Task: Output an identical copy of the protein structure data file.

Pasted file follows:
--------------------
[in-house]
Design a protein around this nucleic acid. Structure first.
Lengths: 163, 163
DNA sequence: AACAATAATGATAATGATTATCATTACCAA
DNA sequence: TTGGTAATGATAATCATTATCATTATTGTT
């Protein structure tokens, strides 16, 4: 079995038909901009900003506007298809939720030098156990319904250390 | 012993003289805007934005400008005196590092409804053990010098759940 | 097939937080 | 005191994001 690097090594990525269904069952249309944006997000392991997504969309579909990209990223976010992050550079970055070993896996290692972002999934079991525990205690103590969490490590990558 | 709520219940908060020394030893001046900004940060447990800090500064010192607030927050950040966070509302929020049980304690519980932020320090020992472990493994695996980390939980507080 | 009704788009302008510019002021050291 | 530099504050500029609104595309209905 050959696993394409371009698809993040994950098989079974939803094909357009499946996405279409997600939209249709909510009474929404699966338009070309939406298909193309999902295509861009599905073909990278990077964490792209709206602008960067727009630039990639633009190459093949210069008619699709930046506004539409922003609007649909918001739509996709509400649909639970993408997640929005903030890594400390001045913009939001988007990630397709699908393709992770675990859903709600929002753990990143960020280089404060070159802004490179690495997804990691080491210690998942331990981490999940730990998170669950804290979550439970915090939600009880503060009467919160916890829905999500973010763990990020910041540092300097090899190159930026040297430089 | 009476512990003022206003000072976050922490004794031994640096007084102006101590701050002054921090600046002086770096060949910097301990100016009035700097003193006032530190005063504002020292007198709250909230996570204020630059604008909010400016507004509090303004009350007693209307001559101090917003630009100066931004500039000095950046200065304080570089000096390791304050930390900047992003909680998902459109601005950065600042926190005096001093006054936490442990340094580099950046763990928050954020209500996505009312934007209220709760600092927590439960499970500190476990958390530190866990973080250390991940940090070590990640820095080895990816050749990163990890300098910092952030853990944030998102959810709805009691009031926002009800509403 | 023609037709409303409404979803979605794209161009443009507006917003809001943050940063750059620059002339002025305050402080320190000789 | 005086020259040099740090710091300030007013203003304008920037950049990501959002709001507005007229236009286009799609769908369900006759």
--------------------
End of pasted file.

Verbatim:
[in-house]
Design a protein around this nucleic acid. Structure first.
Lengths: 163, 163
DNA sequence: AACAATAATGATAATGATTATCATTACCAA
DNA sequence: TTGGTAATGATAATCATTATCATTATTGTT
């Protein structure tokens, strides 16, 4: 079995038909901009900003506007298809939720030098156990319904250390 | 012993003289805007934005400008005196590092409804053990010098759940 | 097939937080 | 005191994001 690097090594990525269904069952249309944006997000392991997504969309579909990209990223976010992050550079970055070993896996290692972002999934079991525990205690103590969490490590990558 | 709520219940908060020394030893001046900004940060447990800090500064010192607030927050950040966070509302929020049980304690519980932020320090020992472990493994695996980390939980507080 | 009704788009302008510019002021050291 | 530099504050500029609104595309209905 050959696993394409371009698809993040994950098989079974939803094909357009499946996405279409997600939209249709909510009474929404699966338009070309939406298909193309999902295509861009599905073909990278990077964490792209709206602008960067727009630039990639633009190459093949210069008619699709930046506004539409922003609007649909918001739509996709509400649909639970993408997640929005903030890594400390001045913009939001988007990630397709699908393709992770675990859903709600929002753990990143960020280089404060070159802004490179690495997804990691080491210690998942331990981490999940730990998170669950804290979550439970915090939600009880503060009467919160916890829905999500973010763990990020910041540092300097090899190159930026040297430089 | 009476512990003022206003000072976050922490004794031994640096007084102006101590701050002054921090600046002086770096060949910097301990100016009035700097003193006032530190005063504002020292007198709250909230996570204020630059604008909010400016507004509090303004009350007693209307001559101090917003630009100066931004500039000095950046200065304080570089000096390791304050930390900047992003909680998902459109601005950065600042926190005096001093006054936490442990340094580099950046763990928050954020209500996505009312934007209220709760600092927590439960499970500190476990958390530190866990973080250390991940940090070590990640820095080895990816050749990163990890300098910092952030853990944030998102959810709805009691009031926002009800509403 | 023609037709409303409404979803979605794209161009443009507006917003809001943050940063750059620059002339002025305050402080320190000789 | 005086020259040099740090710091300030007013203003304008920037950049990501959002709001507005007229236009286009799609769908369900006759």